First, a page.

And the actual issue was this: there was an error in that module and part of me knew this, but another part of me had missed it. And every time I sat with that module, I’d get confused, annoyed, irritated – and I’d end up walking away.

“Cos you don’t want to be visible!”
“Yes, true! Let’s sit with that!”

And I’d sit with that.

And I’d sit with that again.

And because my visibility issue was actually a thing it took me forever to realize it wasn’t the thing. The thing was that the module itself was off.

So yes, issues can be very deeply hidden! And if you need help isolating yours, by all means reach out to me and we can look at it together!  

But by now it must be clear to you that zoning in on the right obstacle is crucial.

So that’s the first question: What is your Challenge? And you explore that until you’ve got the right answer.


So, now you have your answer. You know what the problem is. And if you’ve hit the spot, then you’ve got this awesome aha-feeling about it: “Oh! So that’s what I was up against! Yes!!”

And this is where people make the second biggest mistake in challenge resolution. The first one is, of course, looking at the wrong problem. But the second mistake is that at this point we tend to walk away. We’ve had our light bulb moment and we think we’re done.

But you’re not done. Far from it. You now have to turn your insights into forward motion.

And that’s what the second question is about:

“So, this is your Obstacle. Now how are you going to deal with that?”

That is the $100M question right there. How are you going to deal with the challenge you’ve just recognized?

And now you answer that question. “If I want to resolve this, then I will have to…“

Fortunately, once you’ve zoned in on the real problem, the solution is often self-evident. It just needs to be implemented!

The answer to the second question very often implies ‘taking action’. But if you’ve sufficiently explored your challenge, then the action will be ‘inspired’: you’ll be eager to implement it because you know it will resolve something you really want to see resolved!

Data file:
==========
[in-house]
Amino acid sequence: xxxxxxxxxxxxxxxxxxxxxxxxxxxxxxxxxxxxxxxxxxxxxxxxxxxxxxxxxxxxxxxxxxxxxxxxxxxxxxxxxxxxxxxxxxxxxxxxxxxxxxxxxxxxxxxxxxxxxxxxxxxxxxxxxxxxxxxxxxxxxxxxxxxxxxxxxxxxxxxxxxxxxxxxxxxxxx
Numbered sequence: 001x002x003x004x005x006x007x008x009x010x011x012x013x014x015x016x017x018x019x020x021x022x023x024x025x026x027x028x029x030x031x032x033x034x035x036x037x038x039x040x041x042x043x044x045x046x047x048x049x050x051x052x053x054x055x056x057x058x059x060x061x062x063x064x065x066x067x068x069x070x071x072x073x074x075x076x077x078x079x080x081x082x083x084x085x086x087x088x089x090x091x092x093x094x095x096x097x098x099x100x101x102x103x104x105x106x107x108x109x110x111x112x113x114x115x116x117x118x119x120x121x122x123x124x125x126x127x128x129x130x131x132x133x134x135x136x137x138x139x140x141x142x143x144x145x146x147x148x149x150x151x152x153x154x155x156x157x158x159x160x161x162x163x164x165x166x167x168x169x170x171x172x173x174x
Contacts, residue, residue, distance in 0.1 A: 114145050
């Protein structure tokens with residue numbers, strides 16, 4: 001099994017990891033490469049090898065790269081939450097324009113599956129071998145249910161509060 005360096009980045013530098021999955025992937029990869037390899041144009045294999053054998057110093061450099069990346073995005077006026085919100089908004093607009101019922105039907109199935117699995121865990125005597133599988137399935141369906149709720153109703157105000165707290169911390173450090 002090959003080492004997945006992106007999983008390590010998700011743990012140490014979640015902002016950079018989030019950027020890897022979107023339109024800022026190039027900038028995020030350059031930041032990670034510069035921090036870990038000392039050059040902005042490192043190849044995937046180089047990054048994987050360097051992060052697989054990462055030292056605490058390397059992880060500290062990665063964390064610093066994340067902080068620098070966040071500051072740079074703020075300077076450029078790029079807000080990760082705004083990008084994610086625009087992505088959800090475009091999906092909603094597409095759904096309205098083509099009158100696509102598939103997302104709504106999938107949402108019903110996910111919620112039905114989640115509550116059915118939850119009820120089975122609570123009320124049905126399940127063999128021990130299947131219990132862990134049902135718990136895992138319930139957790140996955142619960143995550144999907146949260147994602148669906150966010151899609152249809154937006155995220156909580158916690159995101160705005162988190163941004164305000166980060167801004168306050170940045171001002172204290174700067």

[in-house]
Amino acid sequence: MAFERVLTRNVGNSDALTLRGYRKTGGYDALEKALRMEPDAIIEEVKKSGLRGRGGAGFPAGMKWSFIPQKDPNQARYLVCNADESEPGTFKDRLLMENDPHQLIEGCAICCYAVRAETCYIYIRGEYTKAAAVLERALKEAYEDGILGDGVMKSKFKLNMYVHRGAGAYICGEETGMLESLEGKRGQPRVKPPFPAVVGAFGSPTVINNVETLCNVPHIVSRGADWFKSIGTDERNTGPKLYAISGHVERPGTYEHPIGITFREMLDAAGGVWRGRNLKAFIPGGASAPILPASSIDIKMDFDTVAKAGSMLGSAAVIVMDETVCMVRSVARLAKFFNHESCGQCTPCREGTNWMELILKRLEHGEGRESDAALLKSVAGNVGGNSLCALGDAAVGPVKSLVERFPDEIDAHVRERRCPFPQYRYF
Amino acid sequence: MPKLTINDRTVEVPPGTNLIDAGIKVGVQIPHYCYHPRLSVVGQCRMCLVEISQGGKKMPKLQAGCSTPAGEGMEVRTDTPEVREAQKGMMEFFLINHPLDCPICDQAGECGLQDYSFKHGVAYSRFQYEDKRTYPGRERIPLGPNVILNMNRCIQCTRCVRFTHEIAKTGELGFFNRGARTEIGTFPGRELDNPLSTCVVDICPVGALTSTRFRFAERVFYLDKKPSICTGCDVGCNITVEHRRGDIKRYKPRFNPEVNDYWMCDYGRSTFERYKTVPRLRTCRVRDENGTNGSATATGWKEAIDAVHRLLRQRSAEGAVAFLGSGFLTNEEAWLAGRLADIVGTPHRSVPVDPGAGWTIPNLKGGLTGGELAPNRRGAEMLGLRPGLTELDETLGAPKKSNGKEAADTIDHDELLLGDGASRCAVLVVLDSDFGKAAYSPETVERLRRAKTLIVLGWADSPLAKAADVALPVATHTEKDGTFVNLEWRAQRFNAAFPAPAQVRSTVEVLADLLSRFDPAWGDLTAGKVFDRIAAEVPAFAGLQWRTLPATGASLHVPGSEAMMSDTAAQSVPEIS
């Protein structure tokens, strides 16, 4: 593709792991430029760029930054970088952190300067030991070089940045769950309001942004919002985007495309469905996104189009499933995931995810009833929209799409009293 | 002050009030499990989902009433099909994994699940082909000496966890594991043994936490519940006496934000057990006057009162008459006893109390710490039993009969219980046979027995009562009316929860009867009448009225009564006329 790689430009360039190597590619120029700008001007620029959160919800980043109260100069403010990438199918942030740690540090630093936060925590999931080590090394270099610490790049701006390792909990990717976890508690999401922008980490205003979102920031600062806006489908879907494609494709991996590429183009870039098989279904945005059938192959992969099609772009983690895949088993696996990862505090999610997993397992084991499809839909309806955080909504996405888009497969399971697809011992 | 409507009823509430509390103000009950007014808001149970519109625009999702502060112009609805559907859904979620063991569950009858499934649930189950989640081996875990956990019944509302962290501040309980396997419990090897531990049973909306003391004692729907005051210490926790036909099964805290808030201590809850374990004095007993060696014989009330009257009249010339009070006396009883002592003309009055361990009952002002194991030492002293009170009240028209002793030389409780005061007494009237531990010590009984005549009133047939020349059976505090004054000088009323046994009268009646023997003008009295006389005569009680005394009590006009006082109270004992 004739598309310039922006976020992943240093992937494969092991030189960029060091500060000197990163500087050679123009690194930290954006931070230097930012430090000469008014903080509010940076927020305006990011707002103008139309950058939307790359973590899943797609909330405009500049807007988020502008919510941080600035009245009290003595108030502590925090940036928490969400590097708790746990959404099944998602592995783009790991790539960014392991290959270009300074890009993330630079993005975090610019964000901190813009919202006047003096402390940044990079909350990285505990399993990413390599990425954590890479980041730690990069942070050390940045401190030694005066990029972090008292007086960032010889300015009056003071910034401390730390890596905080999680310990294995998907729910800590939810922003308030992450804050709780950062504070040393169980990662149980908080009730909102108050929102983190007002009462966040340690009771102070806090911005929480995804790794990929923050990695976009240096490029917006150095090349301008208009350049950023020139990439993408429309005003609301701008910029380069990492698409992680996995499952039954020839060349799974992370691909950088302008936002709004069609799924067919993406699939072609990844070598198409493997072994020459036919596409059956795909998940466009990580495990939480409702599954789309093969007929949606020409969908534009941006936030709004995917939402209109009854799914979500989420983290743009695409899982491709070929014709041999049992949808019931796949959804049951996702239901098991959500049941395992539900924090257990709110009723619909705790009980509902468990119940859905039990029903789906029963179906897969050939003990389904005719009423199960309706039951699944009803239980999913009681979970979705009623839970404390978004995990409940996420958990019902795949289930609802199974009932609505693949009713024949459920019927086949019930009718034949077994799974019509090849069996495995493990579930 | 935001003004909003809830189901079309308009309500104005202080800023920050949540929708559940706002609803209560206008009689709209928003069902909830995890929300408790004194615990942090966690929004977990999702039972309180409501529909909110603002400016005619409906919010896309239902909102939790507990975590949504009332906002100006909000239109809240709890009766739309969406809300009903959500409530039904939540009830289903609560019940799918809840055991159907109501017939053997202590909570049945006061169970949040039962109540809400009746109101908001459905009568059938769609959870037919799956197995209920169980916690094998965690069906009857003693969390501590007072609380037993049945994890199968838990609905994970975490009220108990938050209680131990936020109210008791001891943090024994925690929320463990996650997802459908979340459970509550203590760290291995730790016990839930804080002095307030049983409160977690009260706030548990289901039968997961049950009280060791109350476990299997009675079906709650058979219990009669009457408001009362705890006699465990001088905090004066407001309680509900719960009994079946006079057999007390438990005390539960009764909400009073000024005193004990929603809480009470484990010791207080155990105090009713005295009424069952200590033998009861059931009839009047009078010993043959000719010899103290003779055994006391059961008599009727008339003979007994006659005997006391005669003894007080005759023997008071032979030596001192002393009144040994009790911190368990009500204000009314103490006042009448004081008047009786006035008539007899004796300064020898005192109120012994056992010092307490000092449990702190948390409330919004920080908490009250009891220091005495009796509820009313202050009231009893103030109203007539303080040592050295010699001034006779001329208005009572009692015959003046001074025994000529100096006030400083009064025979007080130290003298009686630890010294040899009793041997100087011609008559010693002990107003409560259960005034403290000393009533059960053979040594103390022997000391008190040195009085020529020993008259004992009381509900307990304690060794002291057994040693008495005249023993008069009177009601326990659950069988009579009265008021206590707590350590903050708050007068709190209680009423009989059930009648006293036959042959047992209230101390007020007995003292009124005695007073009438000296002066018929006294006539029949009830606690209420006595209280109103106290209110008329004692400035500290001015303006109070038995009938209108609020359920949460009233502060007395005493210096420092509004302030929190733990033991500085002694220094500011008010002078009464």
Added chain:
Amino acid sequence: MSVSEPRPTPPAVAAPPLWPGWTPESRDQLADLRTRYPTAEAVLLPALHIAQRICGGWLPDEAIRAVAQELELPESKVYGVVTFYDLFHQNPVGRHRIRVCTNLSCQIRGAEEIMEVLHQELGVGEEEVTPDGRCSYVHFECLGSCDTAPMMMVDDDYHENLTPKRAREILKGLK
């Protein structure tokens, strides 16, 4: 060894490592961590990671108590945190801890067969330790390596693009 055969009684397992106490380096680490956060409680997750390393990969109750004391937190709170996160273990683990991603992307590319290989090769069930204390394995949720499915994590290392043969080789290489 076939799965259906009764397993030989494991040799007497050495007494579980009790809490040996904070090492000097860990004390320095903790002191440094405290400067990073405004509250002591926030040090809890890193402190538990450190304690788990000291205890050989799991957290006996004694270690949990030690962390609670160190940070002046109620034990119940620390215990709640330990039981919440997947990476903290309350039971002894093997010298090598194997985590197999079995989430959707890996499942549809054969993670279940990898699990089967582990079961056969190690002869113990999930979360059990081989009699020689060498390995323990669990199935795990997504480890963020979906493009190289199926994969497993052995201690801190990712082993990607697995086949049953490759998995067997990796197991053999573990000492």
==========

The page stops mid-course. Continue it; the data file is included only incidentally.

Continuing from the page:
That doesn’t mean implementing the solution is always easy. You might still have a lot of resistance to overcome! But now your problem is clear and you know what to do.

Now you have a choice.

You’re no longer fighting an invisible enemy.


But understand this: either you want the solution – or you don’t! If you can’t seem to overcome your resistance to implementing the solution, ask yourself this: What’s your Challenge now?

And then you explore that.

And you keep on exploring until you can implement the solution!  

If you stop before you’ve zoned in on your next inspired action, you’ve pulled out too soon.

You can stop and take a breath.
You can stop and return tomorrow or next week.
But if it hasn’t led to the next clear action step, you’re not done!

So make sure you take action!

Three quick closing notes:

1. Know that the more often you ask yourself these questions, the quicker you can cut to the answers. This routine really does rewire your brain to start thinking in terms of solutions.

2. Sometimes you’ll find that what you’ve stumbled onto is something you simply don’t want to be doing! If the challenge you were faced with was, “I have to do something I really don’t feel like doing but, frankly, I don’t even have a good reason why I should be doing it!” you can now stop torturing yourself and just walk away! Feel into that. You can just walk away!

3. Make sure you keep a log: After zoning in on your challenge, make a note of the main topic. Really distill that convo, using a few brief words to connect you with the issue and – if you got that far – the inspired action required to move forward. If your summaries are visible at a glance, it will help you easily recognize patterns.

One of my sabotaging techniques is to keep myself re-inventing the same wheel. Those (one line!) summaries of my conversations made that visible: the same topic, hidden with different words, but very clearly the same topic, kept returning over and over until it was staring me in the face. And I understood the implications at once: my subconscious wouldn’t let me get a grip on it because it was too dangerous for my inner 7-yo.


If you have those issues, you want to know. So keep that log!!!